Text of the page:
by Marijke Unger, NCAR/CISL
SIParCS interns, from left to right: Ryan O'Kuinghttons (Colorado School of Mines, or CSM), Victor Snyder (CSM), Kenny Gruchalla (University of Colorado at Boulder, or CU), Michael Levy (CU), Arunasalam Rahuynanthan (University of Wyoming), Matthew Norman (North Carolina State University), and Robert House (CU). (Photo courtesy CISL.)
A new internship program at NCAR's Computational and Information Systems Laboratory (CISL) is being described by participants and mentors alike as a success. The 2007 inaugural Summer Internships in Parallel Computational Science (SIParCS) program generated publication-quality research, improvements in grid coupling and visualization applications, and collaborative relationships with other research institutions.
SIParCS, designed for graduate students and incoming seniors, is the result of a collective recognition within CISL of the need to train the next generation of high-performance computer scientists, applied mathematicians, and engineers. CISL's goals for the program include developing a pool of prospective new employees—an objective met with the hire of one of the interns, Ryan O'Kuinghttons, the newest member of the Earth System Modeling Framework team.
"Talent, interest, relevant skills, and good mentors are the winning formula for a program like SIParCS. We had motivated candidates and enthusiastic mentors," says Richard Loft, CISL's director of technology development. "The challenge was finding projects that were interesting to the students and achievable in a summer and that could also have a positive impact on the work we do."
Matthew Norman interned with CISL's Institute for Mathematics in the Geosciences (IMAGe). Norman, who is working on his master's degree at North Carolina State University, explored a class of numerical methods called inherently conservative nonpolynomial remappings. He's now writing a journal paper that his SIParCS mentor is confident will be published.
Students from the University of Colorado at Boulder and the Colorado School of Mines worked on visualization projects. Kenny Gruchalla and Victor Snyder extended the capabilities of VAPoR, the Visualization and Analysis Platform for Ocean, Atmosphere, and Solar Researchers, for use in spherical geometry and in the non-uniform vertical coordinate systems of meteorological models.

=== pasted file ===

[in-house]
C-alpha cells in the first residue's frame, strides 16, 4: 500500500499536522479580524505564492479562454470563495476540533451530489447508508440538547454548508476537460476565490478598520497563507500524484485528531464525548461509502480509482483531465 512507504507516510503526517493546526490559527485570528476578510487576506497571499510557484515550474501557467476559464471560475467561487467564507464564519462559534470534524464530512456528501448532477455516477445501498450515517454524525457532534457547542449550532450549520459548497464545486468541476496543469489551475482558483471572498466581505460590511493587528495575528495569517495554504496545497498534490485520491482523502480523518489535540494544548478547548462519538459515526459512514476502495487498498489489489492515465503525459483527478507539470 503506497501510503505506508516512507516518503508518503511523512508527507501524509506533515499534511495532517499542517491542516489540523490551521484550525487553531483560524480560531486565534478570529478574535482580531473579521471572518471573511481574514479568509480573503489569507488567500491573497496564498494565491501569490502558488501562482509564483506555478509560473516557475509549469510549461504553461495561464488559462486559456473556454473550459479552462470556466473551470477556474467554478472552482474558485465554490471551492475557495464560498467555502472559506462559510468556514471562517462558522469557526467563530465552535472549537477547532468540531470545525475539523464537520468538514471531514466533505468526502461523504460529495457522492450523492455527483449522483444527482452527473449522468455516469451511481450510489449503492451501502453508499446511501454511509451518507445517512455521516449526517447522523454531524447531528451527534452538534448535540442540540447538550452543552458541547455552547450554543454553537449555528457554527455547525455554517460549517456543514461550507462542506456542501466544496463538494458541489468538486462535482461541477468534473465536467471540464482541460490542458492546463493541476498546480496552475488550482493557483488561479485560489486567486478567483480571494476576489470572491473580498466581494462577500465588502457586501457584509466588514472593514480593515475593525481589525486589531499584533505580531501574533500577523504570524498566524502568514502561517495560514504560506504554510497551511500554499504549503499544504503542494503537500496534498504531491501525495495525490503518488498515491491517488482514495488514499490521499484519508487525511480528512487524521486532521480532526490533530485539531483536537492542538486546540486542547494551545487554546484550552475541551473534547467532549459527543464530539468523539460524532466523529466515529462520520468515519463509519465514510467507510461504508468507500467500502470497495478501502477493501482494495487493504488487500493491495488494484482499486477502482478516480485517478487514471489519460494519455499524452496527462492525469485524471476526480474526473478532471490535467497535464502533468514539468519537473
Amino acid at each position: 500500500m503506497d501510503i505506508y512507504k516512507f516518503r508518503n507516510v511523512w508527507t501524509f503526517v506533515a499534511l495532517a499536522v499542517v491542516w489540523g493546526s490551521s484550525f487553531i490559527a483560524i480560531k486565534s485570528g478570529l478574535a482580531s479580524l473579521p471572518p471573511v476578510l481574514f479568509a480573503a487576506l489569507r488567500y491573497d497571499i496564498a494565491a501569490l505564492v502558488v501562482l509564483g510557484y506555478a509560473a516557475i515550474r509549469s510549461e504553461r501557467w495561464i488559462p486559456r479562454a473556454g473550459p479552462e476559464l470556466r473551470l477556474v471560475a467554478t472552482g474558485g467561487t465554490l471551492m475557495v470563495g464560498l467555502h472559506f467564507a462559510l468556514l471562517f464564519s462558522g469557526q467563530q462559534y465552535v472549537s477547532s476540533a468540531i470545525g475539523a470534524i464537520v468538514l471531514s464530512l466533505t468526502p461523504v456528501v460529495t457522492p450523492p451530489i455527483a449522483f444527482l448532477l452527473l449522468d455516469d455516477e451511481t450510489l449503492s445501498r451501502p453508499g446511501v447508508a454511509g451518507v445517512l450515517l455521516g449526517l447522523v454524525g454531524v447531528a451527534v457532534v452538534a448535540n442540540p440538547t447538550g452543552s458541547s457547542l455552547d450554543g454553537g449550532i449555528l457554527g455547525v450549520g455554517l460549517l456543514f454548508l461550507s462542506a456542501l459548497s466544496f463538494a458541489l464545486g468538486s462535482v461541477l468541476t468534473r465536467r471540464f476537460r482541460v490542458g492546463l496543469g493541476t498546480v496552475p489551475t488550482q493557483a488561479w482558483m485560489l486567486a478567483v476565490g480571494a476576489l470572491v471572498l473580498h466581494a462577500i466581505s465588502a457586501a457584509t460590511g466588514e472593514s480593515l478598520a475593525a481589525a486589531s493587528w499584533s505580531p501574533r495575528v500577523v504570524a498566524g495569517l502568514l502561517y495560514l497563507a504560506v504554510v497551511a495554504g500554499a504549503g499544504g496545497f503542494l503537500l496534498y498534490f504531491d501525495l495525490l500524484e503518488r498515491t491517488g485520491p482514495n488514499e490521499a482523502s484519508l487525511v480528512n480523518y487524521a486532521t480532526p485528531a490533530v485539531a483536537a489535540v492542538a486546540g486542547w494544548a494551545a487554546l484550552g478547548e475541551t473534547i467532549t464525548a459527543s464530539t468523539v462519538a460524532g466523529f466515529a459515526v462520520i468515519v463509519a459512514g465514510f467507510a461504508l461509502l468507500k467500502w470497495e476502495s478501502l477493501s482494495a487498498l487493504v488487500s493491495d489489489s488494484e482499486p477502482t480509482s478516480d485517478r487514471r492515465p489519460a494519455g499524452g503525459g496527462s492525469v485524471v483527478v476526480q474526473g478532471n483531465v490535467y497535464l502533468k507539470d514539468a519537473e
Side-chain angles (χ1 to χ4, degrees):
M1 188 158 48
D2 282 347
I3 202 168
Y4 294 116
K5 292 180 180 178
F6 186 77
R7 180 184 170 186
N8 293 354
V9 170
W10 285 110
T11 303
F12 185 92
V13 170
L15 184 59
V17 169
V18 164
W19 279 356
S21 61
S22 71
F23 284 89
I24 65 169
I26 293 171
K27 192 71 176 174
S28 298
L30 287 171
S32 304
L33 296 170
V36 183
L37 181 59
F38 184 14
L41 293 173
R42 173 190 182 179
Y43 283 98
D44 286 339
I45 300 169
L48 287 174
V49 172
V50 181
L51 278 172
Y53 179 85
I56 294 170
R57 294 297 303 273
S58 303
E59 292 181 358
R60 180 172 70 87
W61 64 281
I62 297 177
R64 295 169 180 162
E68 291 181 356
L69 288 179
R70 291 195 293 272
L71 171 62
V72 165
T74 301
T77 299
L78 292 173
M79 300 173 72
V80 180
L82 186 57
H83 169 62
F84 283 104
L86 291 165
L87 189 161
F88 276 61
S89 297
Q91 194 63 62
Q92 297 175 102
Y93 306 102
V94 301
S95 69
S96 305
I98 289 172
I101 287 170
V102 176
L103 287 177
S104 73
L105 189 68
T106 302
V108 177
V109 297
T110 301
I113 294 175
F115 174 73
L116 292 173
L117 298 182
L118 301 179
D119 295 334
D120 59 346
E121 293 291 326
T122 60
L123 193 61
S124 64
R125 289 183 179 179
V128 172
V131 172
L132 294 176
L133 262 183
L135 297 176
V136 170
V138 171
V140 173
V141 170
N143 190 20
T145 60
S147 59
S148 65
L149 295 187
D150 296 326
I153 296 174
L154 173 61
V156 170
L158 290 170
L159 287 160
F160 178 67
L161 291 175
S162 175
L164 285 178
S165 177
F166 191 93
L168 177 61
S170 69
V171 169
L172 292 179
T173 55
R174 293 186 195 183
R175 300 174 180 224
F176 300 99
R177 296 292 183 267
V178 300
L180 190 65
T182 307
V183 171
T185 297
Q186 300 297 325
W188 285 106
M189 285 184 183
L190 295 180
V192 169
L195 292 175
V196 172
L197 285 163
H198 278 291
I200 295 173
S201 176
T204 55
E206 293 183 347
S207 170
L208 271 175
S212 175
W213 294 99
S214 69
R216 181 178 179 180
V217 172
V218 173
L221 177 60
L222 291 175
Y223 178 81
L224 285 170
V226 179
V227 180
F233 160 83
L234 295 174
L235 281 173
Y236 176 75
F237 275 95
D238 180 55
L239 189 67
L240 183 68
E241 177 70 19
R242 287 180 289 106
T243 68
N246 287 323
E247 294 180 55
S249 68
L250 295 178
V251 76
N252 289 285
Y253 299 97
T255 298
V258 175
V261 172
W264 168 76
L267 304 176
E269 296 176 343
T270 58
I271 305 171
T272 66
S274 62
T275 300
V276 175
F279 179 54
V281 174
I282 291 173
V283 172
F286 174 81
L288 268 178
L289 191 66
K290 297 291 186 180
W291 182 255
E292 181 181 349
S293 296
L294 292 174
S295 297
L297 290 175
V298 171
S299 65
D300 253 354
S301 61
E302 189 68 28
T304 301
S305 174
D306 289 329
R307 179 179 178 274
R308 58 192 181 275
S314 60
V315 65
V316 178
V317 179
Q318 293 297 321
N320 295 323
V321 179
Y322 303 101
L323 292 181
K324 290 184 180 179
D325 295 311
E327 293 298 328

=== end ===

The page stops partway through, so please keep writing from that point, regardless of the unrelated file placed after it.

Both students and mentors gave positive feedback about the program. One student described SIParCS as "the most valuable and enjoyable work experience I've ever had." And from a student advisor: "I know that my student was very happy with the program. Moreover, his research … was good for my group as well."
The summer internships run 10 to 12 weeks, typically June through August. Program requirements, beyond working on projects, include keeping a research journal, attending appropriate technical seminars, participating in skills-enhancing workshops, and giving an oral presentation of results at the end of the summer.
There are two tracks in SIParCS, one for computer science and another for parallel application research and development. Students interested in high-performance computing operations or applied computer science activities are matched with a SIParCS mentor and a project proposed by CISL staff. On the latter track, students with geoscience-related applied mathematics research or application development plans may submit their own summer research proposals.
In 2008, CISL will synchronize application deadlines and share recruitment procedures for SIParCS with programs such as UCAR's Significant Opportunities in Atmospheric Research and Science (www.soars.ucar.edu). Given the success of the pilot program this year, CISL plans to broaden the candidate pool by running an open solicitation for all SIParCS positions in 2008.